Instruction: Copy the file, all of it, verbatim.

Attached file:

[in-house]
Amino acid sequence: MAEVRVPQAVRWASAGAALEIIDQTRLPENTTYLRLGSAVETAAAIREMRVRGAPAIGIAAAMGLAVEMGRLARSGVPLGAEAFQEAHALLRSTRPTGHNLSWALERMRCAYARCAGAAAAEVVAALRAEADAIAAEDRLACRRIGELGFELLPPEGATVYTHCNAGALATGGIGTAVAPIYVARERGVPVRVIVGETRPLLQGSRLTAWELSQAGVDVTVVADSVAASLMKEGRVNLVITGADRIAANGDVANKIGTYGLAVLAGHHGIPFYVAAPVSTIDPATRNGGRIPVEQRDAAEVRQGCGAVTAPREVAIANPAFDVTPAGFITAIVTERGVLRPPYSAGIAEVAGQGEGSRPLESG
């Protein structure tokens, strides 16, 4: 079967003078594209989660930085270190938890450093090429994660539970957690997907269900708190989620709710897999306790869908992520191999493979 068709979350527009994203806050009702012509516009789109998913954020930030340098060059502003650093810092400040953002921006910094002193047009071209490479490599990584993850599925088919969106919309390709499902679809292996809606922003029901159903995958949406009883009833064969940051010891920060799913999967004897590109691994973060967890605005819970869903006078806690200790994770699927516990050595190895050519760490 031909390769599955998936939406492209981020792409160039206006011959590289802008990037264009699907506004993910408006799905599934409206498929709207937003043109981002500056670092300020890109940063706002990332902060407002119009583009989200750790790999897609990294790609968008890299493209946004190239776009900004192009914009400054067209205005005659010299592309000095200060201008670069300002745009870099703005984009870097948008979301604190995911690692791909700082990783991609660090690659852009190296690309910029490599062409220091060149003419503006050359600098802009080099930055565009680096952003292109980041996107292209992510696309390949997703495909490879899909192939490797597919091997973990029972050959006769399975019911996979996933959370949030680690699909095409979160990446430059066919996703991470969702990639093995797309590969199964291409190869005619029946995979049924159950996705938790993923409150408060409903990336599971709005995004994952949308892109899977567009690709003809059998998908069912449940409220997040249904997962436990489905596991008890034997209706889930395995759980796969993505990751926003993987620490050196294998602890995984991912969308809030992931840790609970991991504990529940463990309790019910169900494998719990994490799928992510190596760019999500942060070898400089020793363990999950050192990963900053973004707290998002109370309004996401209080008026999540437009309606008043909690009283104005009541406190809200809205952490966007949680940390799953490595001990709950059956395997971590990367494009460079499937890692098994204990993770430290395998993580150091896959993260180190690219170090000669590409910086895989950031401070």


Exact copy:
[in-house]
Amino acid sequence: MAEVRVPQAVRWASAGAALEIIDQTRLPENTTYLRLGSAVETAAAIREMRVRGAPAIGIAAAMGLAVEMGRLARSGVPLGAEAFQEAHALLRSTRPTGHNLSWALERMRCAYARCAGAAAAEVVAALRAEADAIAAEDRLACRRIGELGFELLPPEGATVYTHCNAGALATGGIGTAVAPIYVARERGVPVRVIVGETRPLLQGSRLTAWELSQAGVDVTVVADSVAASLMKEGRVNLVITGADRIAANGDVANKIGTYGLAVLAGHHGIPFYVAAPVSTIDPATRNGGRIPVEQRDAAEVRQGCGAVTAPREVAIANPAFDVTPAGFITAIVTERGVLRPPYSAGIAEVAGQGEGSRPLESG
């Protein structure tokens, strides 16, 4: 079967003078594209989660930085270190938890450093090429994660539970957690997907269900708190989620709710897999306790869908992520191999493979 068709979350527009994203806050009702012509516009789109998913954020930030340098060059502003650093810092400040953002921006910094002193047009071209490479490599990584993850599925088919969106919309390709499902679809292996809606922003029901159903995958949406009883009833064969940051010891920060799913999967004897590109691994973060967890605005819970869903006078806690200790994770699927516990050595190895050519760490 031909390769599955998936939406492209981020792409160039206006011959590289802008990037264009699907506004993910408006799905599934409206498929709207937003043109981002500056670092300020890109940063706002990332902060407002119009583009989200750790790999897609990294790609968008890299493209946004190239776009900004192009914009400054067209205005005659010299592309000095200060201008670069300002745009870099703005984009870097948008979301604190995911690692791909700082990783991609660090690659852009190296690309910029490599062409220091060149003419503006050359600098802009080099930055565009680096952003292109980041996107292209992510696309390949997703495909490879899909192939490797597919091997973990029972050959006769399975019911996979996933959370949030680690699909095409979160990446430059066919996703991470969702990639093995797309590969199964291409190869005619029946995979049924159950996705938790993923409150408060409903990336599971709005995004994952949308892109899977567009690709003809059998998908069912449940409220997040249904997962436990489905596991008890034997209706889930395995759980796969993505990751926003993987620490050196294998602890995984991912969308809030992931840790609970991991504990529940463990309790019910169900494998719990994490799928992510190596760019999500942060070898400089020793363990999950050192990963900053973004707290998002109370309004996401209080008026999540437009309606008043909690009283104005009541406190809200809205952490966007949680940390799953490595001990709950059956395997971590990367494009460079499937890692098994204990993770430290395998993580150091896959993260180190690219170090000669590409910086895989950031401070």